Background. Radiofrequency (RF) ablation produces transmural atrial lesions in vitro, and may provide advantages over incisions currently used in maze surgery. This study examines the feasibility, safety, and efficacy of open-heart endocardial RF ablation. Methods. Eighteen sheep (42.8 ± 4.4 kg, age < 2 years) underwent left thoracotomy with placement of pacing leads on a pulmonary vein and the left atrial dome. On cardiopulmonary bypass, lesions were made using incision and suture or a novel RF ablation device in three sites: PVC = circle excluding pulmonary veins, IAB = line across the interatrial bundle, SVC = line from the superior to the inferior vena cava. Pacing across the PVC lesion was attempted to assess the completeness of each lesion. Preselected animals (incision n = 4, RF n = 5) were recovered and pacing attempts were repeated at 1 month. After sacrifice, hearts were sectioned and measured for lesion size and completeness. Results. RF ablation lesions took less time to create (total bypass time: RF 51.8 min vs incision 106 min, P < 0.001). No evidence of thromboembolism, atrial rupture, or coronary sinus thrombosis was seen. All PVC lesions were complete as demonstrated by the inability to pace across them. Stained sections demonstrated that acutely studied incision lesions were thinner than RF lesions; however, all lesions were transmural and similar in width at 1 month. Conclusions. RF ablation consistently created transmural lesions more quickly than the incision and suture method and without additional complications. Endocardial RF ablation appears to be a simple and effective alternative to surgical incisions during open-heart atrial Maze procedures.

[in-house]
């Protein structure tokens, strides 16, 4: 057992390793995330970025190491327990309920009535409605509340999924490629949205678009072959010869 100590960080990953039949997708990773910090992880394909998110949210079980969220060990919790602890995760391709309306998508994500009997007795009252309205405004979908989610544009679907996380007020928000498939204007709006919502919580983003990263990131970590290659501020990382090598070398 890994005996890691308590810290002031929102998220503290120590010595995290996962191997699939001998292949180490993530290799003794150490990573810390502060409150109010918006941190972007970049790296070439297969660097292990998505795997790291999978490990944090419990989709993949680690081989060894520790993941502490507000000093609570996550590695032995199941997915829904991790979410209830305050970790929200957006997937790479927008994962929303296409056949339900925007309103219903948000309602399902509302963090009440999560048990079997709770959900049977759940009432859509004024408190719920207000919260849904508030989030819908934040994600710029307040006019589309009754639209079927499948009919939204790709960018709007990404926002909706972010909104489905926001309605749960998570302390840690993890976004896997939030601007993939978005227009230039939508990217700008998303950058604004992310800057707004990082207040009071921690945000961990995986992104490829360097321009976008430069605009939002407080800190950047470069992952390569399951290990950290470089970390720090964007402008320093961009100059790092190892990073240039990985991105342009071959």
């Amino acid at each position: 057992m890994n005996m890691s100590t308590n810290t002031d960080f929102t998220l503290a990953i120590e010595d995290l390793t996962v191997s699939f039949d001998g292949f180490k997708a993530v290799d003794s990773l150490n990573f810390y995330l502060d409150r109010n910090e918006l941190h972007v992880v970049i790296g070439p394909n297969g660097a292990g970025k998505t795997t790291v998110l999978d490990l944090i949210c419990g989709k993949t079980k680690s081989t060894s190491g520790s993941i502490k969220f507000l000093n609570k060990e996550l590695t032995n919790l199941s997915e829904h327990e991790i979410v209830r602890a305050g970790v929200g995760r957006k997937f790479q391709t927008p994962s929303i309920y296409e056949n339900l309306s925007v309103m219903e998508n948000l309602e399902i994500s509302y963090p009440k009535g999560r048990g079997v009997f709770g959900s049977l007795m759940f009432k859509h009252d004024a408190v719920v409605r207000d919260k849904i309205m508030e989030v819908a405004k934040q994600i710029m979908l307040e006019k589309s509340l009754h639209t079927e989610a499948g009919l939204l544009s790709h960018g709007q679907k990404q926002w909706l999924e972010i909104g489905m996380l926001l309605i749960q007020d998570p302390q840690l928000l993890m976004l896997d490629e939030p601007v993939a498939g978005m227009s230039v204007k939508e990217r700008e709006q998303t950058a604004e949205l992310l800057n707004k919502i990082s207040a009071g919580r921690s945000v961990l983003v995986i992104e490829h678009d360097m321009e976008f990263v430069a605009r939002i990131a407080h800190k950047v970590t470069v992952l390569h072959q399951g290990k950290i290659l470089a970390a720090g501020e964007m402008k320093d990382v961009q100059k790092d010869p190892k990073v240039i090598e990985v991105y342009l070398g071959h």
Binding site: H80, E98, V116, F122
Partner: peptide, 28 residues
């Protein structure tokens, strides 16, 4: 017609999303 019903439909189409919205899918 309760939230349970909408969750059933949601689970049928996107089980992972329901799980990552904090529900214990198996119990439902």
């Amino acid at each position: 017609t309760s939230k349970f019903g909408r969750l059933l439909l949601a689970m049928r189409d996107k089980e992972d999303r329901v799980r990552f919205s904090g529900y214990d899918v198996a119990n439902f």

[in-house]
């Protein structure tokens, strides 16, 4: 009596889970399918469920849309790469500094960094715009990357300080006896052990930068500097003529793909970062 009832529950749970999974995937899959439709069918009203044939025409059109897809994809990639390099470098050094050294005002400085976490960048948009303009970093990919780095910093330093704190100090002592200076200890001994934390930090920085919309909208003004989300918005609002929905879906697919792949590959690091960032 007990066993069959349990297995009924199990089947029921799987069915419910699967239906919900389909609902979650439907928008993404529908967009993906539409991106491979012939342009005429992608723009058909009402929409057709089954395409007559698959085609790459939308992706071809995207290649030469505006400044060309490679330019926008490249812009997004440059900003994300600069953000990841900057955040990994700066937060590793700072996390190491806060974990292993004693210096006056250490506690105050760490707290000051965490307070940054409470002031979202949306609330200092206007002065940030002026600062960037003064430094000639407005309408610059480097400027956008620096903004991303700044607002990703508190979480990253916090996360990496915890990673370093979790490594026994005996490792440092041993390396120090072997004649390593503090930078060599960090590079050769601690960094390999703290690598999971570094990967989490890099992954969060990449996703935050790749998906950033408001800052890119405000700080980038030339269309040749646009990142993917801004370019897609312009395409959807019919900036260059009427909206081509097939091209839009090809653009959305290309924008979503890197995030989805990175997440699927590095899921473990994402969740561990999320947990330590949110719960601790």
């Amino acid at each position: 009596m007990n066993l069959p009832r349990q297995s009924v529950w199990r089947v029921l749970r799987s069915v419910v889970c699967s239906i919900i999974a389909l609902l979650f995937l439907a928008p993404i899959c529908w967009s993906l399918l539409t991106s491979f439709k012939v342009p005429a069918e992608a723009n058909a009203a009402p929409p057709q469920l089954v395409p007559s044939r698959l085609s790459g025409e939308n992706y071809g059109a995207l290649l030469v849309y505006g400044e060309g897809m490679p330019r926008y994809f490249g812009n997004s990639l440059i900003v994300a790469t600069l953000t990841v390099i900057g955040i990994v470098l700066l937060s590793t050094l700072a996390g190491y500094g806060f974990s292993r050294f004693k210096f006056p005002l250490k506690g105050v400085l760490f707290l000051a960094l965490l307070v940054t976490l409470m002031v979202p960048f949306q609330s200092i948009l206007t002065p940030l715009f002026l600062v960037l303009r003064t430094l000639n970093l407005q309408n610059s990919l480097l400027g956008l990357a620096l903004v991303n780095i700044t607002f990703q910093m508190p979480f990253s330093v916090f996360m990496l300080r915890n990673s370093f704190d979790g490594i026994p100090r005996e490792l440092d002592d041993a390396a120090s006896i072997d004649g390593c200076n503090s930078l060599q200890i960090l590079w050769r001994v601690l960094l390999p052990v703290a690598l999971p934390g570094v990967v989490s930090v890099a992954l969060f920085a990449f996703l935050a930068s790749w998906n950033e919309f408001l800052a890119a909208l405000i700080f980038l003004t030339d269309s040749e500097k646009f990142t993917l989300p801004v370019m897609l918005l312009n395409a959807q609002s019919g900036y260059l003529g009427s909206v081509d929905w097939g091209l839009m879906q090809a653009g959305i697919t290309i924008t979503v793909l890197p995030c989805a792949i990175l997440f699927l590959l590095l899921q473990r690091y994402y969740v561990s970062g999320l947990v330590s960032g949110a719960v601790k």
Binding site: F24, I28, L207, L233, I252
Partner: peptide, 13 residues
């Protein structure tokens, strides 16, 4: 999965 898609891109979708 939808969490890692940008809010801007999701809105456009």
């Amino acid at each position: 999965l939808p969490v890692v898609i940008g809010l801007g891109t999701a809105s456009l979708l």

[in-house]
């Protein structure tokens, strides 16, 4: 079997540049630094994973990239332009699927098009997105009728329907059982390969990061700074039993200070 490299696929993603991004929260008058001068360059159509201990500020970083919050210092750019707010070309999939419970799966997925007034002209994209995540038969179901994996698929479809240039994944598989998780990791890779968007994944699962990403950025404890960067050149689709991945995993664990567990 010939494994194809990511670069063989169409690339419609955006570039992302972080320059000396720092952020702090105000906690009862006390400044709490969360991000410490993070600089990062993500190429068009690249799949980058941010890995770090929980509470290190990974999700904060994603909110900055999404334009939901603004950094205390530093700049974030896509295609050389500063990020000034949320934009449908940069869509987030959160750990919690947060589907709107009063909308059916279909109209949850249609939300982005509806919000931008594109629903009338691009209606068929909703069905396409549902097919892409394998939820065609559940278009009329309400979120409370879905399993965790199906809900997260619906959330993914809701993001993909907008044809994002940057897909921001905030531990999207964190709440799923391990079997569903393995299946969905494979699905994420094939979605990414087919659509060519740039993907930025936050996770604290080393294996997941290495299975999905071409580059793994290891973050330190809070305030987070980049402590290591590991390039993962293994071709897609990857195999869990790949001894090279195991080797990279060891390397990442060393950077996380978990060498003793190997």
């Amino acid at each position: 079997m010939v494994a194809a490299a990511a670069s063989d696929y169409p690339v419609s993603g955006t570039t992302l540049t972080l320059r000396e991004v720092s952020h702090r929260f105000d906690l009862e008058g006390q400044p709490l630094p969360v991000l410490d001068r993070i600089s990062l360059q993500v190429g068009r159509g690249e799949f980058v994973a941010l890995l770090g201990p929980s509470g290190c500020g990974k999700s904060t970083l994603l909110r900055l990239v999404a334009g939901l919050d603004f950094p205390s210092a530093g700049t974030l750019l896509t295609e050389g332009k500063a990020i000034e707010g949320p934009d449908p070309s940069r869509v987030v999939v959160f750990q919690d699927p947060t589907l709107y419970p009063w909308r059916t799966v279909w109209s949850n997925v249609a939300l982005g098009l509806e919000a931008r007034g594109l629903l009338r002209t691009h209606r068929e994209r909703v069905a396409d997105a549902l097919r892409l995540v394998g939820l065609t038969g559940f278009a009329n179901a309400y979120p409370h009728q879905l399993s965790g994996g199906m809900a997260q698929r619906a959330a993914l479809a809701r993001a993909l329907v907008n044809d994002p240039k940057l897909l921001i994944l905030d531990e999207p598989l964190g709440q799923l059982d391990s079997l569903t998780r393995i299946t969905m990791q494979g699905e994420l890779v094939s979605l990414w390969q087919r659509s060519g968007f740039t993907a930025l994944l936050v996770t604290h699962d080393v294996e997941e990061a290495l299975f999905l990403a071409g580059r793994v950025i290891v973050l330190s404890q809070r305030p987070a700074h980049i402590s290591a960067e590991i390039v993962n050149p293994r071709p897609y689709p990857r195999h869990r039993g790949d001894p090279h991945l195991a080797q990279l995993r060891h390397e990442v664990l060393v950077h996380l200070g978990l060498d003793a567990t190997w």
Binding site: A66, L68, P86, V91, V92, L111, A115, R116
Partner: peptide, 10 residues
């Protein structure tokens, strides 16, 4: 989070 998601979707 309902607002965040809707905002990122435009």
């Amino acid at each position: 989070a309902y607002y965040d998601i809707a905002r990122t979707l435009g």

|Original language||English (US)|
|Number of pages||7|
|Journal||Journal of Surgical Research|
|State||Published - 2001|
- Atrial fibrillation
ASJC Scopus subject areas